Watertown’s current Town Council President and immediate-past Council President shared their views on communications, providing services and preserving the character of Watertown during the League of Women Voters Candidate Forum on Sunday.
Mark Sideris has been Council president for the past six years, and succeeded Clyde Younger, who is running this year.
This issue of communications with residents and others has been a frequent topic of discussion at candidate forums.
Sideris said right now the town relies heavily on the Town of Watertown website, but he wants that to change.
“I would like try communicating on social media and other areas so we will be more engaged with the public,” Sideris said. “There are difficulties in doing that with the Open Meetings law, but I am working on that.”
Younger said he believes many people in Watertown do not have access to the internet or use it sparingly.
“We need to do like when I was at the Office of Equal Employment opportunity and have outreach,” Younger said.
When asked about how they would make sure they could provide town services, Younger said he worries about the business climate in town.
“I would not rely as heavily on development (to fund town services),” Younger said. “When I talk to business people, they feel Watertown is anti-business. I would rely on small businesses, who employ more than 50 percent of people nationally.”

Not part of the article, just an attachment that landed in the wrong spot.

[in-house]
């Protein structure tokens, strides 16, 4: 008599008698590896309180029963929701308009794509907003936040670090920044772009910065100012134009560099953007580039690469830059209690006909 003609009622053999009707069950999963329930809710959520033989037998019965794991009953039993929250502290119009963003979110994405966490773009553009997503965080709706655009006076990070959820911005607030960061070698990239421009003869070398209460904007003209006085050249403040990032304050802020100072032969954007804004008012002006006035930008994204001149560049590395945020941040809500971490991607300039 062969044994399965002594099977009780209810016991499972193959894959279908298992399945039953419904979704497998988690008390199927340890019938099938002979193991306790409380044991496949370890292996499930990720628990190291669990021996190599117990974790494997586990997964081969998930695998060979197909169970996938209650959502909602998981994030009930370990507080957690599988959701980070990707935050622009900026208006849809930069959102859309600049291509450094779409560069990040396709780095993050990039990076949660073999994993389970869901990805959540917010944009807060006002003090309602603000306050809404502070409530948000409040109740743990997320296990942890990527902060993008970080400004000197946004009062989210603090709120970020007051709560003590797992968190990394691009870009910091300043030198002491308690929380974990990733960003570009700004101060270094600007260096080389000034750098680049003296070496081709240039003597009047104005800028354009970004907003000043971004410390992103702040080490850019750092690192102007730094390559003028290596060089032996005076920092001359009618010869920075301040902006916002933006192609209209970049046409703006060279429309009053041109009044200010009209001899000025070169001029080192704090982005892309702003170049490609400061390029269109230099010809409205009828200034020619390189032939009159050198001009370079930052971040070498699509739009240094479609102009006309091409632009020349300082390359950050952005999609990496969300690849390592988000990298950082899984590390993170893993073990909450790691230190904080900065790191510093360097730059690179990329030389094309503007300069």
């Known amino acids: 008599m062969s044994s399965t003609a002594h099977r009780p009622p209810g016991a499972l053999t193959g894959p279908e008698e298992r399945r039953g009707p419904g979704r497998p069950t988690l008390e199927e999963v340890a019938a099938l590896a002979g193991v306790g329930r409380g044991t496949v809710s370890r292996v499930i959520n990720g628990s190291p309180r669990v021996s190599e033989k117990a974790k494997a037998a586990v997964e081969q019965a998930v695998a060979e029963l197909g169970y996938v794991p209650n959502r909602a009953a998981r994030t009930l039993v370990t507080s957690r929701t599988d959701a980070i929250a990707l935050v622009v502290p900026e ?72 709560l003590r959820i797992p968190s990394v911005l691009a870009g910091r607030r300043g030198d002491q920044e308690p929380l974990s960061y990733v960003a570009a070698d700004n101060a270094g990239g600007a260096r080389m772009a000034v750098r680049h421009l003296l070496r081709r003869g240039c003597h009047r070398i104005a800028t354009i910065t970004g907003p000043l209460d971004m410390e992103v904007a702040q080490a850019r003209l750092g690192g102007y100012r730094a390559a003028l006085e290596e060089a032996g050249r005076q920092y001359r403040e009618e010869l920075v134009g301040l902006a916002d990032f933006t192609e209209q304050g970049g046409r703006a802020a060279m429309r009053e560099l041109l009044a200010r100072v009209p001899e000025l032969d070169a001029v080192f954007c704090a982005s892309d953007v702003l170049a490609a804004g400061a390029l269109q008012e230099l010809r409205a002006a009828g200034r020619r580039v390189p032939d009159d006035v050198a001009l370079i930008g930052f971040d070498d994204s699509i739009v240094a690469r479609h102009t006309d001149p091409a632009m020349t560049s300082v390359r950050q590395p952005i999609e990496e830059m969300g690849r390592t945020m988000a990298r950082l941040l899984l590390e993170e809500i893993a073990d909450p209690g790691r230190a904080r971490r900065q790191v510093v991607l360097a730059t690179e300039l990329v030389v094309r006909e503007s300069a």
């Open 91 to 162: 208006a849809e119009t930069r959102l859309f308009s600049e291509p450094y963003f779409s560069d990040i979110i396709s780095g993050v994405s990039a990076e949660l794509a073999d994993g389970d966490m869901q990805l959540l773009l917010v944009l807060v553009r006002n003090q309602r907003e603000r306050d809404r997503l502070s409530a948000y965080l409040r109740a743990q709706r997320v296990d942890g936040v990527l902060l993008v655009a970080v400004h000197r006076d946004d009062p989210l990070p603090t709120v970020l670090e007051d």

Sideris said, as Town Council President he must balance various departments, including the largest department budget – the schools.
“It is a delicate balance. As Town Council President I also am a member of the School Committee. I will seek to continue to provide top quality education,” Sideris said. “At some point we will not be able to develop any more because everything will be developed. We will have to manage the cost of providing the service.”
The candidates were asked how they would preserve the character of Watertown.
Sideris said each neighborhood has its own unique character. Work has started on creating the residential design guidelines, and Sideris said there must be some balance.
“Some people are saying you can’t take away property owner rights,” Sideris said. “We have to deal with development pressure, but we also have to look at people maintaining their property and want to do small additions.”
Younger said he worries that small properties have more hoops to jump through to make changes than the large projects coming to town.
“I support having a moratorium on large box developments in town,” Younger said.
The election will be held Nov. 3. Absentee ballots are now available at the Town Clerk’s office in the basement of Watertown Town Hall.